R has a very specific group of users whose main focus is on statistical analysis. Therefore you must be accustomed to statistical concepts beforehand. From a programming point of view, R has a steep learning curve. It requires you to learn and understand coding. It is a low-level programming language and hence simple procedures can take longer codes.
As mentioned above, Julia inherits its syntax from some of the existing data science languages like – Python, R, and Matlab therefore if you have used these languages before then you won’t find it difficult to jump to this language.
If you come from a programming background, you must already be familiar with languages such as Java and C/C++. The former is relatively easier to learn while the latter is quite vast and takes a long to master.
For programmers, you can definitely jump to machine learning from your preferred language but for newcomers, you can begin with Python or R.
Data Handling Capabilities
R computes everything in memory (RAM) and hence the computations were limited by the amount of RAM on 32-bit machines. This is no longer the case. Python and R have good data handling capabilities and options for parallel computations. This I feel is no longer a big differentiation.
Julia has exceptional data handling capabilities and is much faster than Python runs efficiently like C language.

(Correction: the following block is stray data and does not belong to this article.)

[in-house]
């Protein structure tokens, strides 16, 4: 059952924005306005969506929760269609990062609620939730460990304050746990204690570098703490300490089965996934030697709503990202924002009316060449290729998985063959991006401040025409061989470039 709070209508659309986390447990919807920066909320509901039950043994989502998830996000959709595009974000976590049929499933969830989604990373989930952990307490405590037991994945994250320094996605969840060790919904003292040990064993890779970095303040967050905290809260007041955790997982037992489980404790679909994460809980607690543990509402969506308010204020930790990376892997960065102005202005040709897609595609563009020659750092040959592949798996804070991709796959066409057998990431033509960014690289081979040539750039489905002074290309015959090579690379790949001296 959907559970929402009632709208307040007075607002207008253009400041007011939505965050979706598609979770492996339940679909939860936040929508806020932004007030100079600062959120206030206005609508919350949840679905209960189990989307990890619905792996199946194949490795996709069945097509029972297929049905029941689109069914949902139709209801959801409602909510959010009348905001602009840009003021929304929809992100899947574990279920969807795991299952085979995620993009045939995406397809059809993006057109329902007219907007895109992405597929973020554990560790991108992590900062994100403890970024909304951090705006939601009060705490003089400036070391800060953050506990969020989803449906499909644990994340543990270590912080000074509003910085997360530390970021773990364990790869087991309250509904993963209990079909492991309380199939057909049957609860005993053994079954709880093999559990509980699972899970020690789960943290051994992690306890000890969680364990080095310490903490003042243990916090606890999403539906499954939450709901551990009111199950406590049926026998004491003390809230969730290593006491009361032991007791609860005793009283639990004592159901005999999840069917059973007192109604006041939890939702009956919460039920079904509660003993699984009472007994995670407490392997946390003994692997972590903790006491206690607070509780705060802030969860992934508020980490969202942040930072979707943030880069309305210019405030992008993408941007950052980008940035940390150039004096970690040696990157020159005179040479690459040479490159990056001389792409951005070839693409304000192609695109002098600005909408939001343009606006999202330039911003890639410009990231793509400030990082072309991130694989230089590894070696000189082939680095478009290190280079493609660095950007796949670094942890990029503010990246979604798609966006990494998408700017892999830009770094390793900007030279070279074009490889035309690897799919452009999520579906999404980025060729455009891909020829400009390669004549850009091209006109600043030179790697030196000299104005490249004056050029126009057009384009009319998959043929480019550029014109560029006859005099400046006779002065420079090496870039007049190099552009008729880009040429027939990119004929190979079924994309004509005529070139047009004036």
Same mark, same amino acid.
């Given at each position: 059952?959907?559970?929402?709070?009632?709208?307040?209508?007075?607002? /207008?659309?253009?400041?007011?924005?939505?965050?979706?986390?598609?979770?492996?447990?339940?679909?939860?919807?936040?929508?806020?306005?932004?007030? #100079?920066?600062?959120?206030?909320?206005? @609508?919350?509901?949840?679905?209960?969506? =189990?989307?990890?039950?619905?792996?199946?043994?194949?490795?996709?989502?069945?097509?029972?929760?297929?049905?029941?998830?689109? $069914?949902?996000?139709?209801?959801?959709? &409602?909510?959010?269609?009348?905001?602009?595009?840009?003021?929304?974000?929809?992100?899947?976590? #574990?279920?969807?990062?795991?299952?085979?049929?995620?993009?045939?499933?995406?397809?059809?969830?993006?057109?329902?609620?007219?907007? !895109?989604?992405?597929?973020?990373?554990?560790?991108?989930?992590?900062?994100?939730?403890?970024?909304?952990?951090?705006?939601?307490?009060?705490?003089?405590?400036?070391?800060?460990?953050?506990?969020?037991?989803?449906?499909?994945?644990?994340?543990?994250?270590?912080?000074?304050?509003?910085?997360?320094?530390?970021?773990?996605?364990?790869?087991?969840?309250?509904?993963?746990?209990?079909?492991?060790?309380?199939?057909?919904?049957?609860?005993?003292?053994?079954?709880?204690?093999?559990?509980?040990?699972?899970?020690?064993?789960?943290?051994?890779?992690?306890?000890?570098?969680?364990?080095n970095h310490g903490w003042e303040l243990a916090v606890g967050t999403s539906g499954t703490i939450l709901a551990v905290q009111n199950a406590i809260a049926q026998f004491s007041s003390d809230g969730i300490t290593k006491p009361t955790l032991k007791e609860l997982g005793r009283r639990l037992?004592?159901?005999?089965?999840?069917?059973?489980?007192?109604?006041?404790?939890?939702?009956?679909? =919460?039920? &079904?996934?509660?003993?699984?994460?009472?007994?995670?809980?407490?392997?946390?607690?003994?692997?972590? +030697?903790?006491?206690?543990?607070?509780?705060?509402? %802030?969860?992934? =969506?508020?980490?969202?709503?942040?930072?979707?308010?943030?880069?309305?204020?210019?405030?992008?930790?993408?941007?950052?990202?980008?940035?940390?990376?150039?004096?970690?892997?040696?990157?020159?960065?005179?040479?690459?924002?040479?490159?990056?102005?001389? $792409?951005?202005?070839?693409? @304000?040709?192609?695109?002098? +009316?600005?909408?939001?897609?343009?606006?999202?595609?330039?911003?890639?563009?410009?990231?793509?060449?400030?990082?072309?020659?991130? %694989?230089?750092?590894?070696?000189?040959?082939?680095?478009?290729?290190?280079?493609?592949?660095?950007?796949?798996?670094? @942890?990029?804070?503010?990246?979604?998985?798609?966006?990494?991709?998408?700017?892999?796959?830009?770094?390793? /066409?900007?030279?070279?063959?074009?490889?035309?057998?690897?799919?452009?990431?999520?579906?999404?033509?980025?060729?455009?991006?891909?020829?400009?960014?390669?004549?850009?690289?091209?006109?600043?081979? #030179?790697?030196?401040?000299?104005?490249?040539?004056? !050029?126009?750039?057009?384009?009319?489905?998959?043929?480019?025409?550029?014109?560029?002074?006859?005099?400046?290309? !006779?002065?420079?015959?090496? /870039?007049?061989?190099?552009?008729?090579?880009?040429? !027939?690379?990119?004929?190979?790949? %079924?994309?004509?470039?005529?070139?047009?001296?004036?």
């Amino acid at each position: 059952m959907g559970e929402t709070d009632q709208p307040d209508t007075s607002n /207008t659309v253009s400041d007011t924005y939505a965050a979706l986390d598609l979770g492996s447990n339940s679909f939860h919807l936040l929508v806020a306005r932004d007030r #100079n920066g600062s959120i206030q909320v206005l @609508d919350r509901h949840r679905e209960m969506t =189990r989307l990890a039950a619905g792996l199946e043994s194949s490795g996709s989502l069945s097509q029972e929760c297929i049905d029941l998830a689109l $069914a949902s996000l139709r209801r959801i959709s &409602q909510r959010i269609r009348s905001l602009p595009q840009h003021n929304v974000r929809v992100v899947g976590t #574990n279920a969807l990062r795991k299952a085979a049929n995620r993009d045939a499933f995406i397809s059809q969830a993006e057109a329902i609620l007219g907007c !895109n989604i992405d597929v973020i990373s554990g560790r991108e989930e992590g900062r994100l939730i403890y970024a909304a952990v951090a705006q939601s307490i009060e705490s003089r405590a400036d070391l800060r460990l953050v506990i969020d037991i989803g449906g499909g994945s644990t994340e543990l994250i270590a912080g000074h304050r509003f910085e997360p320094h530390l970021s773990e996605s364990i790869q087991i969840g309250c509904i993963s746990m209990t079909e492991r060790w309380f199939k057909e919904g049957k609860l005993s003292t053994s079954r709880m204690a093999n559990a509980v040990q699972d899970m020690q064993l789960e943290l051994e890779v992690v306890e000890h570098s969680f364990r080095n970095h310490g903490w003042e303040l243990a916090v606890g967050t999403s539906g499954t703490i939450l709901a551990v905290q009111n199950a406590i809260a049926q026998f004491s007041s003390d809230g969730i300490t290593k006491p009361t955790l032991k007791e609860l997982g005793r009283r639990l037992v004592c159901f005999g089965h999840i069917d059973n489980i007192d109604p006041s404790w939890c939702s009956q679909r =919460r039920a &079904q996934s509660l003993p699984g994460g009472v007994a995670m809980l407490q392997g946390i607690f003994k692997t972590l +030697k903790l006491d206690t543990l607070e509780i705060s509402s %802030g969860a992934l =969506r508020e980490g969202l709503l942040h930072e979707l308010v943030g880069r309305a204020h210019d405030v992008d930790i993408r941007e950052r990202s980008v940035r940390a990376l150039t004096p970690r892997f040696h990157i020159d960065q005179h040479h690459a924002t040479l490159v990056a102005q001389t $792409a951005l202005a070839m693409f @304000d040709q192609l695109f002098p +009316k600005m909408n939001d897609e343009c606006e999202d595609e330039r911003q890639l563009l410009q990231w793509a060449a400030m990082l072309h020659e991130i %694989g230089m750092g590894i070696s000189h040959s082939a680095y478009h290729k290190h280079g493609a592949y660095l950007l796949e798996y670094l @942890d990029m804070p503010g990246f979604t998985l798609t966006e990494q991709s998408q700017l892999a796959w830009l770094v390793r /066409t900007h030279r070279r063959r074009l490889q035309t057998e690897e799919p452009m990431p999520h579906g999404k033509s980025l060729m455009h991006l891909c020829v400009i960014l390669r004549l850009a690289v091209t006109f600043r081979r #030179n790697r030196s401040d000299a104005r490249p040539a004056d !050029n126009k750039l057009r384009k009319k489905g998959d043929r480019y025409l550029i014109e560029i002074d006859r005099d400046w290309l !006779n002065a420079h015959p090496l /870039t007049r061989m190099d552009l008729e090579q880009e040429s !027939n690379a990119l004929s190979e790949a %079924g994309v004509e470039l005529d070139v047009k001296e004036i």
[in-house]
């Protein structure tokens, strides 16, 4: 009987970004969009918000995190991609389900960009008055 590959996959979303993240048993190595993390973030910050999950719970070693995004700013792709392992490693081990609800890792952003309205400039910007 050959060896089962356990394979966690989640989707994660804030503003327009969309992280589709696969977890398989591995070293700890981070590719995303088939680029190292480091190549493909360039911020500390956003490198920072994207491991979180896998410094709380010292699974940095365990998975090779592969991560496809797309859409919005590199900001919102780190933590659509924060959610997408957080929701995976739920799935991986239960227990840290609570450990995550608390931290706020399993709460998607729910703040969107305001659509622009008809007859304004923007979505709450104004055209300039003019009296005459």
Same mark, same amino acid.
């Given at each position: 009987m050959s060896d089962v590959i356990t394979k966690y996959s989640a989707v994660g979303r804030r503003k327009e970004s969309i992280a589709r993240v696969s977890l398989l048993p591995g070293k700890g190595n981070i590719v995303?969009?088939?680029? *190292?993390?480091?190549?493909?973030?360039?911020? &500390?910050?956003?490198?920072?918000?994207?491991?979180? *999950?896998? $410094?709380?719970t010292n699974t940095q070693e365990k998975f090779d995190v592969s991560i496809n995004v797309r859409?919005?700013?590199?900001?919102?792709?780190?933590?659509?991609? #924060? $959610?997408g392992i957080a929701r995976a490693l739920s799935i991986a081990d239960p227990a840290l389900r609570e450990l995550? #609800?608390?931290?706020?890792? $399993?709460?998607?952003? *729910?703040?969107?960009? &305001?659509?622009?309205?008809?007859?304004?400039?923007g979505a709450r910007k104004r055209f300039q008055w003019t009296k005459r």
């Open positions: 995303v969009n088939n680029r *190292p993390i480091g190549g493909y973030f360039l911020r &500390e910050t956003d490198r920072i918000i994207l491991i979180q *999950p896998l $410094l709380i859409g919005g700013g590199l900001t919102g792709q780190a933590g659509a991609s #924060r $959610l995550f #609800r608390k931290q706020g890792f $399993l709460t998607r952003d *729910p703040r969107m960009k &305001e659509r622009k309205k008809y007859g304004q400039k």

Most of the popular frameworks and tools used for Big Data like Fink, Hadoop, Hive, and Spark are typically written in Java. This includes Fink, Hadoop, Hive, and Spark.
C/C++ is a relatively low-level language and offers much more efficiency and speed but it is obviously a time-consuming task.
An important aspect of any data science project is the quality of its visualizations. Your first data science language must be great in its visualization capabilities.
Python comes with a great set of visualization libraries like matplotlib, plotly, seaborn. You can form visualize your data in form of bar charts, scatter charts, etc and customize the size and axis according to your needs.
R has a very stronghold in data visualization. It was built for analysts and statisticians to visualize the results. ggplot is one of the beloved libraries. You can make static and dynamic graphs that are surely going to express your data in an intuitive manner.